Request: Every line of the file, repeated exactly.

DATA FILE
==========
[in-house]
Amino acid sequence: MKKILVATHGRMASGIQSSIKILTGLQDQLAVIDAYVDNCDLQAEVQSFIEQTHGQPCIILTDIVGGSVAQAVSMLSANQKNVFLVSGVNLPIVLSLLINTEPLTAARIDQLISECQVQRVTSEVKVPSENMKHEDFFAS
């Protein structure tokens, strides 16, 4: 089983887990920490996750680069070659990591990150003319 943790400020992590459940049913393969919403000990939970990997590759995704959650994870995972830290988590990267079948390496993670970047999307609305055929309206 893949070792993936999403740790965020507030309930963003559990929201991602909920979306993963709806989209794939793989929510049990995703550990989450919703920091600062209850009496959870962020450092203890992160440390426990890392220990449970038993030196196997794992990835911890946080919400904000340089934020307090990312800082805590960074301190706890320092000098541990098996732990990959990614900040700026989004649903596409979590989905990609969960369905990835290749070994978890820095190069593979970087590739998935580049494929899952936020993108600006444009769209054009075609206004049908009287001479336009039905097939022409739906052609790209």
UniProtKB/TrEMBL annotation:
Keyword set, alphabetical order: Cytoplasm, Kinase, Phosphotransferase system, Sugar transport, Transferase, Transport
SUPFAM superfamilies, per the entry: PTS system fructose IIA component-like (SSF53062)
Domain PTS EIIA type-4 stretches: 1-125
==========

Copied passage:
[in-house]
Amino acid sequence: MKKILVATHGRMASGIQSSIKILTGLQDQLAVIDAYVDNCDLQAEVQSFIEQTHGQPCIILTDIVGGSVAQAVSMLSANQKNVFLVSGVNLPIVLSLLINTEPLTAARIDQLISECQVQRVTSEVKVPSENMKHEDFFAS
């Protein structure tokens, strides 16, 4: 089983887990920490996750680069070659990591990150003319 943790400020992590459940049913393969919403000990939970990997590759995704959650994870995972830290988590990267079948390496993670970047999307609305055929309206 893949070792993936999403740790965020507030309930963003559990929201991602909920979306993963709806989209794939793989929510049990995703550990989450919703920091600062209850009496959870962020450092203890992160440390426990890392220990449970038993030196196997794992990835911890946080919400904000340089934020307090990312800082805590960074301190706890320092000098541990098996732990990959990614900040700026989004649903596409979590989905990609969960369905990835290749070994978890820095190069593979970087590739998935580049494929899952936020993108600006444009769209054009075609206004049908009287001479336009039905097939022409739906052609790209």
UniProtKB/TrEMBL annotation:
Keyword set, alphabetical order: Cytoplasm, Kinase, Phosphotransferase system, Sugar transport, Transferase, Transport
SUPFAM superfamilies, per the entry: PTS system fructose IIA component-like (SSF53062)
Domain PTS EIIA type-4 stretches: 1-125